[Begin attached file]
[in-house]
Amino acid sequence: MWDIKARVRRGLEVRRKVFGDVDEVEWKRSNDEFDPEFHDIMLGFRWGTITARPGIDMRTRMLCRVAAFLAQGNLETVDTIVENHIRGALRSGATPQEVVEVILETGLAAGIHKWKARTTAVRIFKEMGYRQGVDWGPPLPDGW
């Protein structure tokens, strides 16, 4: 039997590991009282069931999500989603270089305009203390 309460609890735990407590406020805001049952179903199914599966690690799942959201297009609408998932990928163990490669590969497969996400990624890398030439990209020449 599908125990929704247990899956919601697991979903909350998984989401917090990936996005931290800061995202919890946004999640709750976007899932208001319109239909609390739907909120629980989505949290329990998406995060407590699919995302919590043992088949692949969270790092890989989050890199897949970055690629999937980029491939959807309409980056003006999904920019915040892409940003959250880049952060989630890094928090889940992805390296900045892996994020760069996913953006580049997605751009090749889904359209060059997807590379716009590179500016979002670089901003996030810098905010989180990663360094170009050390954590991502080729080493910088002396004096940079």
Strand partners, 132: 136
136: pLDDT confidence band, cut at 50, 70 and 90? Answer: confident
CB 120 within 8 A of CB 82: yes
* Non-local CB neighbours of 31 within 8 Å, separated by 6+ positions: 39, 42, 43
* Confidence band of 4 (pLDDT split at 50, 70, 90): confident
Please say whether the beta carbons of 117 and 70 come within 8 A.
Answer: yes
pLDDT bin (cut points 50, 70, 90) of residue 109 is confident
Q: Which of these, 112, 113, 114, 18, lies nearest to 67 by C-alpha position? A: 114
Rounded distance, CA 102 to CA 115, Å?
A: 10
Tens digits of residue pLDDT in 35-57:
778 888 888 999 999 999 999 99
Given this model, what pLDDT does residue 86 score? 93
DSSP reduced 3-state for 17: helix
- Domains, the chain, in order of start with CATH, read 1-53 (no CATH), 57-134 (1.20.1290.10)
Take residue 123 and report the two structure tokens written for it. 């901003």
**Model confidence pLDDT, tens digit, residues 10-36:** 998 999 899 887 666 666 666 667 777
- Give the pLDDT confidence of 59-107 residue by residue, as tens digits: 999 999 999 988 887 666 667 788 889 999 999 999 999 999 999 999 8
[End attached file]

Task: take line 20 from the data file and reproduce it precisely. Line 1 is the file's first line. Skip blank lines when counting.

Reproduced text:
Take residue 123 and report the two structure tokens written for it. 């901003």